The Jordanian Foreign Minister said that they believe that doing so would result in them being “seen as the enemy.” From there, one of two conclusions can be arrived at: either 1) they sincerely think they’d be regarded as occupiers by the Palestinians; or 2) there’s an ulterior motive at play that they don’t want to disclose.
Jordan Foreign Minister Ayman Safadi said over the weekend that Arab countries won’t put boots on the ground in Gaza. His exact words were as follows: “Let me be very clear. I know speaking on behalf of Jordan but having discussed this issue with many, with almost all our brethren, there’ll be no Arab troops going to Gaza. None. We’re not going to be seen as the enemy.” Despite being just several brief sentences, Safadi revealed quite a lot about the Arab countries’ calculations towards this conflict.
For starters, his remarks confirm that the Arab countries have indeed discussed this scenario, but they’ve all agreed not to put boots on the ground there. The reason why leads to the second point, and it’s that this collection of countries believes that doing so would result in them being “seen as the enemy.” From there, one of two conclusions can be arrived at: either 1) they sincerely think they’d be regarded as occupiers by the Palestinians; or 2) there’s an ulterior motive at play that they don’t want to disclose.
Per the first, it’s possible that the locals might see them this way if they’re deployed as part of a UN peacekeeping force that includes members of the pro-Israeli West, especially if these troops abuse the Palestinians like they abuse Africans and/or forcibly disarm them so they’re defenseless against Israel. As for the second, these countries might decline sending an entirely Arab peacekeeping force even if Gaza requests this out of fear that possible Israeli attacks could lead to a larger war by miscalculation.
It’s this scenario that’s arguably the most responsible for the Arab countries’ position on this matter. Regardless of whichever authority might attempt to speak in the Gazans’ name for requesting a purely regional peacekeeping force for protecting them from unprovoked attacks by Israel, those stakeholders might still decline to send one since they might wager that the potential costs aren’t worth the benefits. After all, Israel just has to strike their troops once on anti-terrorist pretexts to provoke another crisis.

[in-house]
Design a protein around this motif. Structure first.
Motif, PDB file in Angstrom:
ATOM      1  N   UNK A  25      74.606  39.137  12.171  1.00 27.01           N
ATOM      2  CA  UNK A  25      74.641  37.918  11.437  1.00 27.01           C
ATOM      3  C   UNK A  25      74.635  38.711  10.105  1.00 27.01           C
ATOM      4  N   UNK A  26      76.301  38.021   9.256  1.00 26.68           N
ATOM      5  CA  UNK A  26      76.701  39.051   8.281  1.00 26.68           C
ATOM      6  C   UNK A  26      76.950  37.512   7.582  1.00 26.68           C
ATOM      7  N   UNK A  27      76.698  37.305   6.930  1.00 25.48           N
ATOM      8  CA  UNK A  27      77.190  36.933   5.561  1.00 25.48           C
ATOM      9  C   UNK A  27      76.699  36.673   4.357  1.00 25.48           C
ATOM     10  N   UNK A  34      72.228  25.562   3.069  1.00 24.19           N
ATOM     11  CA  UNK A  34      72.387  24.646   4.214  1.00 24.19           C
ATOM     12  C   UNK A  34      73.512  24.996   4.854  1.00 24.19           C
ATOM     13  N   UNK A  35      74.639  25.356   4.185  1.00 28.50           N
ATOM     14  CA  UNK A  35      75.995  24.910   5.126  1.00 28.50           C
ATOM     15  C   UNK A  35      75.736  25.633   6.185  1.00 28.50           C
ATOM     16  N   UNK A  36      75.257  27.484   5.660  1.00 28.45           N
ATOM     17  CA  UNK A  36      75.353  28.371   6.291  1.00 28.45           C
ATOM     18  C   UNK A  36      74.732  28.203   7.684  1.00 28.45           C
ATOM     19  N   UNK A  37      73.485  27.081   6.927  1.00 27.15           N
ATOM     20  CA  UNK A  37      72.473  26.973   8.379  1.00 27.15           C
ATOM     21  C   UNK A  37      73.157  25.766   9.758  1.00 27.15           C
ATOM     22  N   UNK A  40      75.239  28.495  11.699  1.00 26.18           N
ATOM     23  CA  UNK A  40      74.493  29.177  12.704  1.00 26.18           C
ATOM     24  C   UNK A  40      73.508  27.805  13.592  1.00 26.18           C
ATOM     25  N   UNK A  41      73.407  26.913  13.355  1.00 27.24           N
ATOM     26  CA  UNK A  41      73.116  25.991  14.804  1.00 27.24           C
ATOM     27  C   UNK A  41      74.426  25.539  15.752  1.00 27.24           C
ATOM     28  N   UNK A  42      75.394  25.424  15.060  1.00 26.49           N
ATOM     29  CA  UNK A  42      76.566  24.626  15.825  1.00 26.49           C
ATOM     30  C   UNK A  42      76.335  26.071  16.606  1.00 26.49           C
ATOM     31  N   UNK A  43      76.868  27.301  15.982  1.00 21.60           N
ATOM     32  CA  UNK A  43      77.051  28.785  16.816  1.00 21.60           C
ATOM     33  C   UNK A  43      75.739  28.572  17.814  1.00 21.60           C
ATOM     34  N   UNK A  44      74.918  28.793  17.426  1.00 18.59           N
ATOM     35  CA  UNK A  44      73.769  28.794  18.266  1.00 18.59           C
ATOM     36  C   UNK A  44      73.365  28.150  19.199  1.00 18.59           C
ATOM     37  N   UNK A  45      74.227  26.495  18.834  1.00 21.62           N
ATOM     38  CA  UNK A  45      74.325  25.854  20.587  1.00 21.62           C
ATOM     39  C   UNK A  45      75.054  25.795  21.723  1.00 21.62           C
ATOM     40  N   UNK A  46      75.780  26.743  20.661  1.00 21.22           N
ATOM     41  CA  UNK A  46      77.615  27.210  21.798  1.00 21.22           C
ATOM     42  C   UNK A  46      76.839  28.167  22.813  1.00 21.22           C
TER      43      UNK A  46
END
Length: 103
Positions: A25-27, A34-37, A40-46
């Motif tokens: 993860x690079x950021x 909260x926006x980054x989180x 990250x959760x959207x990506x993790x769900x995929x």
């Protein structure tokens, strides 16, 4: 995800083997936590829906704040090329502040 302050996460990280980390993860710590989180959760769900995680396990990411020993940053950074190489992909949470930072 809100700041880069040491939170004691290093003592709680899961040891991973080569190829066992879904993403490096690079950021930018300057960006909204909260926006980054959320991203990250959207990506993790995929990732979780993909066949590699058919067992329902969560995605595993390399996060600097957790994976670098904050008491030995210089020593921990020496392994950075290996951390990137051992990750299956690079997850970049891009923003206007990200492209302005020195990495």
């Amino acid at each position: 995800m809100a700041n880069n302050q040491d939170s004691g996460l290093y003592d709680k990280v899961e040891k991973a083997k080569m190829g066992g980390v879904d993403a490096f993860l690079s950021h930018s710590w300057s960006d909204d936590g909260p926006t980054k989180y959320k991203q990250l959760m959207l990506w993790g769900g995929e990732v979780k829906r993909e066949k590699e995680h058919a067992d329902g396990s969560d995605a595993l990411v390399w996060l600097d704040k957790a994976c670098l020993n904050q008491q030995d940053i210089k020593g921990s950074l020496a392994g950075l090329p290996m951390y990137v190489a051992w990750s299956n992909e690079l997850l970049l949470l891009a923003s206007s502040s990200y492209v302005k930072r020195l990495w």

In fact, it might even be that Hamas sleeper cells awake in the scenario of a regional peacekeeping force arriving in Gaza and provoke Israel precisely for the purpose of setting into motion the chain of events that could lead to such a crisis, which they might then try to exploit to advance their interests. The Arab countries, some of which consider Hamas to be untrustworthy due to its ties with the Muslim Brotherhood that they’ve designated as terrorists, understandably don’t want to take this risk.
This doesn’t mean that they might not change their mind, however, since the discussion about “security guarantees” for Israel and Palestine that’s currently taking place between Russia and Turkiye could lead to a creative diplomatic-military solution if more stakeholders get involved. It therefore can’t be ruled out that some Arab countries might agree to ensure Palestine’s security, to which end they could dispatch a regional peacekeeping force with the intent of deterring unprovoked Israeli aggression.
In that event, however, those forces would have to tread very carefully and remain in close coordination with Israel in order to avert the scenario of Hamas sleeper cells awakening to wreak havoc through false flag attacks aimed at provoking a regional crisis. The pragmatic relations between those two could be spun as supposed evidence that the Arab forces are “occupiers” and therefore allegedly constitute “legitimate targets”, which could lead to them fighting an insurgency against Hamas and its allies.
Nevertheless, without some sort of credible security guarantees such as the presence of allied forces on its territory, it’s very difficult to imagine how Gaza would ever be able to deter unprovoked Israeli aggression and defend itself if that happens. This leads to the dilemma whereby Israel’s re-occupation of Gaza is likely a fait accompli, but nobody can agree on what comes next, thus possibly perpetuating that aforesaid re-occupation indefinitely by inertia even if this isn’t what Israel actually wants.
One possible way to break through this deadlock could be for Turkiye, whose leader is aligned with Hamas’ Muslim Brotherhood allies, to take the lead in this prospective regional peacekeeping mission alongside some likeminded Arab allies such as Qatar and the UN-recognized Libyan government. Turkiye used to control Gaza during the Ottoman era, while those two preceding Arab countries are led by figures who share roughly the same worldview as Hamas.
It’s still risky, but the chances for success are higher than if Israeli-aligned Arab countries like Jordan or those with speculatively close ties to the self-professed Jewish State like the Saudis took the lead in this respect. The Hamas-aligned ones wouldn’t be targeted by that group like the latter might be, which reduces the likelihood of false flag provocations leading to a regional war by miscalculation. One way or another, a solution has to be reached to this dilemma in order for Palestine to become independent.